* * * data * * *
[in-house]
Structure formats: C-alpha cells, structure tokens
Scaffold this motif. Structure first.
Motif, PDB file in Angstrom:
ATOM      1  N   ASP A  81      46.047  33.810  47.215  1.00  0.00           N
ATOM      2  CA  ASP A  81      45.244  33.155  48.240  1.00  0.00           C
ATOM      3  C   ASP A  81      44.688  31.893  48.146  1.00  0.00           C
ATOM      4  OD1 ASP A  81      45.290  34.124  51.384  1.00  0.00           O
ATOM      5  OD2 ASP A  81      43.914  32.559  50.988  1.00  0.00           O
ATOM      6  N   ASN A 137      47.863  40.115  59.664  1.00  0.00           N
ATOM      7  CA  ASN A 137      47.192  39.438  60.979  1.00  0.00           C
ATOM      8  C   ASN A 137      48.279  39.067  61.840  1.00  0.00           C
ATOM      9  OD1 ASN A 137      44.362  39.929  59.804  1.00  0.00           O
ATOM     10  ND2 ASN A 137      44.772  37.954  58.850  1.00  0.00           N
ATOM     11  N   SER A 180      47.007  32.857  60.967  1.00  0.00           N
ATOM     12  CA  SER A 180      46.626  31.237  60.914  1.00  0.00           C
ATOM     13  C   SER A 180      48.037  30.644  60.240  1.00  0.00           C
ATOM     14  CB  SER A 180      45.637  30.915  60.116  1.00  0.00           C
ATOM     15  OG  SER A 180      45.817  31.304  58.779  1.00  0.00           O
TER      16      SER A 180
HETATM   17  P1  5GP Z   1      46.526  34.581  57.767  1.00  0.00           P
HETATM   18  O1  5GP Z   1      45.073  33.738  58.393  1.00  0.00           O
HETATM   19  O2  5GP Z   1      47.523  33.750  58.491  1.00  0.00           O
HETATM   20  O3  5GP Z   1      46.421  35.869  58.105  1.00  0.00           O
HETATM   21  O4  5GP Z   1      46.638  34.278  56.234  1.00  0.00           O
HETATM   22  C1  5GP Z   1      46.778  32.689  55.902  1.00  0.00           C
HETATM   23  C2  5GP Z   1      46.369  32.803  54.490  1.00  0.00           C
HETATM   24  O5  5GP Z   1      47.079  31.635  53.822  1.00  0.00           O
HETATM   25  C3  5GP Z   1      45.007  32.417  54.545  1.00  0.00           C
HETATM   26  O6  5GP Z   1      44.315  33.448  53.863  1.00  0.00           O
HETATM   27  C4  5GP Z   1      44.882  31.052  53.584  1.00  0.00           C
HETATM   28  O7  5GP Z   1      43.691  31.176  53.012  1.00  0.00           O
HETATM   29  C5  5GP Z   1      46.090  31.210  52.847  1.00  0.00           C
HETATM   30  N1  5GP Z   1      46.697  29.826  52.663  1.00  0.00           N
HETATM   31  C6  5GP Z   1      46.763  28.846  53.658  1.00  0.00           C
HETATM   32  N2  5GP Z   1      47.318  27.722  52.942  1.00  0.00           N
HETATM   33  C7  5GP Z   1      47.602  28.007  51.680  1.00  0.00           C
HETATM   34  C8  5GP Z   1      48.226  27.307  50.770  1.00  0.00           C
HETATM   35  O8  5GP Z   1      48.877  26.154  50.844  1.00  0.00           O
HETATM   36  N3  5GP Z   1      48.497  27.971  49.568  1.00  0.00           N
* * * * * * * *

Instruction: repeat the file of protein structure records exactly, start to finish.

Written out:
[in-house]
Structure formats: C-alpha cells, structure tokens
Scaffold this motif. Structure first.
Motif, PDB file in Angstrom:
ATOM      1  N   ASP A  81      46.047  33.810  47.215  1.00  0.00           N
ATOM      2  CA  ASP A  81      45.244  33.155  48.240  1.00  0.00           C
ATOM      3  C   ASP A  81      44.688  31.893  48.146  1.00  0.00           C
ATOM      4  OD1 ASP A  81      45.290  34.124  51.384  1.00  0.00           O
ATOM      5  OD2 ASP A  81      43.914  32.559  50.988  1.00  0.00           O
ATOM      6  N   ASN A 137      47.863  40.115  59.664  1.00  0.00           N
ATOM      7  CA  ASN A 137      47.192  39.438  60.979  1.00  0.00           C
ATOM      8  C   ASN A 137      48.279  39.067  61.840  1.00  0.00           C
ATOM      9  OD1 ASN A 137      44.362  39.929  59.804  1.00  0.00           O
ATOM     10  ND2 ASN A 137      44.772  37.954  58.850  1.00  0.00           N
ATOM     11  N   SER A 180      47.007  32.857  60.967  1.00  0.00           N
ATOM     12  CA  SER A 180      46.626  31.237  60.914  1.00  0.00           C
ATOM     13  C   SER A 180      48.037  30.644  60.240  1.00  0.00           C
ATOM     14  CB  SER A 180      45.637  30.915  60.116  1.00  0.00           C
ATOM     15  OG  SER A 180      45.817  31.304  58.779  1.00  0.00           O
TER      16      SER A 180
HETATM   17  P1  5GP Z   1      46.526  34.581  57.767  1.00  0.00           P
HETATM   18  O1  5GP Z   1      45.073  33.738  58.393  1.00  0.00           O
HETATM   19  O2  5GP Z   1      47.523  33.750  58.491  1.00  0.00           O
HETATM   20  O3  5GP Z   1      46.421  35.869  58.105  1.00  0.00           O
HETATM   21  O4  5GP Z   1      46.638  34.278  56.234  1.00  0.00           O
HETATM   22  C1  5GP Z   1      46.778  32.689  55.902  1.00  0.00           C
HETATM   23  C2  5GP Z   1      46.369  32.803  54.490  1.00  0.00           C
HETATM   24  O5  5GP Z   1      47.079  31.635  53.822  1.00  0.00           O
HETATM   25  C3  5GP Z   1      45.007  32.417  54.545  1.00  0.00           C
HETATM   26  O6  5GP Z   1      44.315  33.448  53.863  1.00  0.00           O
HETATM   27  C4  5GP Z   1      44.882  31.052  53.584  1.00  0.00           C
HETATM   28  O7  5GP Z   1      43.691  31.176  53.012  1.00  0.00           O
HETATM   29  C5  5GP Z   1      46.090  31.210  52.847  1.00  0.00           C
HETATM   30  N1  5GP Z   1      46.697  29.826  52.663  1.00  0.00           N
HETATM   31  C6  5GP Z   1      46.763  28.846  53.658  1.00  0.00           C
HETATM   32  N2  5GP Z   1      47.318  27.722  52.942  1.00  0.00           N
HETATM   33  C7  5GP Z   1      47.602  28.007  51.680  1.00  0.00           C
HETATM   34  C8  5GP Z   1      48.226  27.307  50.770  1.00  0.00           C
HETATM   35  O8  5GP Z   1      48.877  26.154  50.844  1.00  0.00           O
HETATM   36  N3  5GP Z   1      48.497  27.971  49.568  1.00  0.00           N